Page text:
Tuesday, March 03, 2015

Tuesday Talk-Time - What I Learned From My Mother

Kate Walker is telling the Pink Heart Society what she learnt from her beloved mother...

Today is my mother’s birthday. She would have been 99. She was born in Clones County Monaghan in Ireland - the same place as the boxer Barry McGuigan but years apart. She was, quite simply, an amazing woman. But then I would say that – wouldn’t I?

But that little girl, born March 3rd at a time when Ireland was torn by deep divisions and violent rebellion, grew up to become the young woman who won not just one but three different scholarships to Trinity College Dublin, but was unable to take even one of them up because she became ill with tuberculosis. 

In order to recover, she went to live in Davos, Switzerland where she met, amongst others, the poet Llewelyn Powys. The truth is that she wasn’t terribly impressed by him as a person, but I have several books he gave her that are signed to ‘a beautiful young poetess’ – so he seems to have felt differently about her!

The outbreak of the war brought her home to Ireland and to marriage to my father. She had met him in Dublin, when her brother brought a friend along when they went to a production of Julius Caesar starring James Mason. She spent most of the war years in England, looking after children in a nursery and becoming the Warden of ‘a club for directed women workers’ in Newark, Nottinghamshire. Later, she and my father moved to Yorkshire. She had five daughters, of which I was the third.

Sadly, as I’ve already mentioned, my parents’ family broke down. She moved out and started training to be a teacher, gained her teaching qualification, a degree, became a teacher, then the deputy head at a junior school, then a counsellor at the local Catholic High School. She worked tirelessly for the local church and community and finally became a female deacon, being awarded a Papal Medal by John Paul II in 1981. 

She was deeply involved in bringing together differing faiths and communities and even travelled to Pakistan as part of a group wanting to strengthen links between them. When she died we had a dozen different priests of different denominations who all wanted to take some part in her funeral because they valued her so much.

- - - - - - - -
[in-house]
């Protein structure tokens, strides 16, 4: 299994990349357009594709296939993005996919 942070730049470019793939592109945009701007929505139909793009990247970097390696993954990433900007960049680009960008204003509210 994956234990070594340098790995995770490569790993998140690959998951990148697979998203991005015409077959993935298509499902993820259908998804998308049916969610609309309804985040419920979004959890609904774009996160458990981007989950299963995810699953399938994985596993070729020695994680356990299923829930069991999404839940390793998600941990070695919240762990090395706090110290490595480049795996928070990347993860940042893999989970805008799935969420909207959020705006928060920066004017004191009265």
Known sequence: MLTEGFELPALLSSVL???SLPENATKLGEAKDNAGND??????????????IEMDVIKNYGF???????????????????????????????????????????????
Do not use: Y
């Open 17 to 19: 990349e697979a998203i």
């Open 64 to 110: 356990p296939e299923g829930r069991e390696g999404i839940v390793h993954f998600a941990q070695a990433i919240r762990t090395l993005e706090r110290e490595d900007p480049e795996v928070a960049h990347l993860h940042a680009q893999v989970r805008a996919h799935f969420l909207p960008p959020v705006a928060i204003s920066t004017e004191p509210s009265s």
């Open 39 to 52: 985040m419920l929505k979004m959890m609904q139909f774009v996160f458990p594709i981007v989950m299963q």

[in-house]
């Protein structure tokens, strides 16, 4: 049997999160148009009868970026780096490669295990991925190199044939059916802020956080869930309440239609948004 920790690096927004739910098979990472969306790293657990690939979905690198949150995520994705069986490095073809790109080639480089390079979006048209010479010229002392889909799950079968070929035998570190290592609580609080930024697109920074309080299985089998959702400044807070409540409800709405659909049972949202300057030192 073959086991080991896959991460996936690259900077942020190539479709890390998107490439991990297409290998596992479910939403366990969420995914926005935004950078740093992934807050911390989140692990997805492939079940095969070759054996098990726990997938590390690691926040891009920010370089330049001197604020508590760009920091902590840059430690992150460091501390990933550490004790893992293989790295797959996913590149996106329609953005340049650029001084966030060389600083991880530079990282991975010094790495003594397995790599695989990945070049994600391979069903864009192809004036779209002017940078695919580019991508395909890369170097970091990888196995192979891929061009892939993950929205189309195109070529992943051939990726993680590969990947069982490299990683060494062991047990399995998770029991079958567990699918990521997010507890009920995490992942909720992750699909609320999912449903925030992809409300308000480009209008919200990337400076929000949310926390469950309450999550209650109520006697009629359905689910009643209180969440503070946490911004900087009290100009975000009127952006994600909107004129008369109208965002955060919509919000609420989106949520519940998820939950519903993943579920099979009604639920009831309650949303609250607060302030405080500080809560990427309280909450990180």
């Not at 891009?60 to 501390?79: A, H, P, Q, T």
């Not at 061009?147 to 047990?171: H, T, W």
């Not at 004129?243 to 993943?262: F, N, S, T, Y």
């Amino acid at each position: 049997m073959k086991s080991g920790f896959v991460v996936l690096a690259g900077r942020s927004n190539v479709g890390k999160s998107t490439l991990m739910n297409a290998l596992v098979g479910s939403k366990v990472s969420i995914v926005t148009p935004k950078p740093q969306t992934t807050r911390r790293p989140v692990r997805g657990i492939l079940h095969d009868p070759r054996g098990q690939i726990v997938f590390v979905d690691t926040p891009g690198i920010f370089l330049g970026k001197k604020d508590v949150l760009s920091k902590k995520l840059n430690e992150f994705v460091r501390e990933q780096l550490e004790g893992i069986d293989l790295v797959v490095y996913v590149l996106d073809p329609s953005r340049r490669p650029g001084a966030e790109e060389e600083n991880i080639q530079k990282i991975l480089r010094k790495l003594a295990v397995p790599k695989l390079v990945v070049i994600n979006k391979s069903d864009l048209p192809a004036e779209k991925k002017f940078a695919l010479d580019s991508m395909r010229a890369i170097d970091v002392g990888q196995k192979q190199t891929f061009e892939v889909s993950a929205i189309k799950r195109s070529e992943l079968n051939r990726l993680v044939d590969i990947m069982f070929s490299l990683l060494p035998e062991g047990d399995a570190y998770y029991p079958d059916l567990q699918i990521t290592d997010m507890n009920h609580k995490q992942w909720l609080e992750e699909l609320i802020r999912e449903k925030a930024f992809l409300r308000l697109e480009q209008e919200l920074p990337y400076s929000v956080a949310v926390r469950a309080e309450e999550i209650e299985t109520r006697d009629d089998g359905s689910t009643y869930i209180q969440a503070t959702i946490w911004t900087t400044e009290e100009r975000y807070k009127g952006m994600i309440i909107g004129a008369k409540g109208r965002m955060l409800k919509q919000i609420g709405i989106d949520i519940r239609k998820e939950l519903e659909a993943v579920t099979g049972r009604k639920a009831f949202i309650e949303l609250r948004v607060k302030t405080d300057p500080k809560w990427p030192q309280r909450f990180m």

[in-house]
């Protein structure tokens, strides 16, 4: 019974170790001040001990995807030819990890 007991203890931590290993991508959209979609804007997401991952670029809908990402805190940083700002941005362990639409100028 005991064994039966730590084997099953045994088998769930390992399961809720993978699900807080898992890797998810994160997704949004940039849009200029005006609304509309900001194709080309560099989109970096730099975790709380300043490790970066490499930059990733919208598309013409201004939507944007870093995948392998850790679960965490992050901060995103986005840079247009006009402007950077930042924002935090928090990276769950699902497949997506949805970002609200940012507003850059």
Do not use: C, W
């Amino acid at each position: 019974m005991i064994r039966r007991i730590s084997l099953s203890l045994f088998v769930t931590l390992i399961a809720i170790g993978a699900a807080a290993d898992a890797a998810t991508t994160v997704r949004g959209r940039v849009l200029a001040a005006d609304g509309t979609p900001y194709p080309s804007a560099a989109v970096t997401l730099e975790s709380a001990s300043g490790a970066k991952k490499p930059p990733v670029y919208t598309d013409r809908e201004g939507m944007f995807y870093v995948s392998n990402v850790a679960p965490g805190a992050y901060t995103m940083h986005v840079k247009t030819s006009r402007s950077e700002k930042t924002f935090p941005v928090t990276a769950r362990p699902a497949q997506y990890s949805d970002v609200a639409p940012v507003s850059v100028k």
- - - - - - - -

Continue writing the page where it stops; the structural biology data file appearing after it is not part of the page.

And that’s the briefest summary!

Cancer took her from us too early, just at the very start of my writing career, but at least she did know about it. In the same summer that we learned she had the terminal illness, I got the letter (we didn’t get ‘The Call’ then!) from Mills & Boon to say that they wanted to buy my very first book. It came just in time. I was able to tell her that I had achieved my dream of becoming a published writer and in the last few months of her life to show her the contract when the revisions were accepted and the book finally bought.

Sadly, she never read that book – she wanted to wait, to see it in print and read a published copy, but died six months later without ever having seen it. But she did know about it and for that I will always be grateful.

My mother taught me to read. She instilled in me a love of books and reading. Because of her there were always books available at home to feed the reading hunger she created. She also dreamed of being a writer herself and had several poems published in her early twenties. 

I have one hazy memory of her sitting at a writing desk we had in our Yorkshire home, writing away on what I thought were letters, but later, discovered that in fact she was working on some children’s stories. I don’t know what happened to those tales – which is such a pity as I think she would have been a magical story teller herself. My sisters and I spent many happy hours listening to the stories she told us as we settled in bed, ready to sleep. None of those stories came from books but were the creation of a vivid imagination that wove long, fascinating stories about ‘Toodie in Booland’ - a place where Rosa and Fanny Rosa lived in a cottage by a pond, with their friend Duck - and ‘The Land of The Beeweedonians’!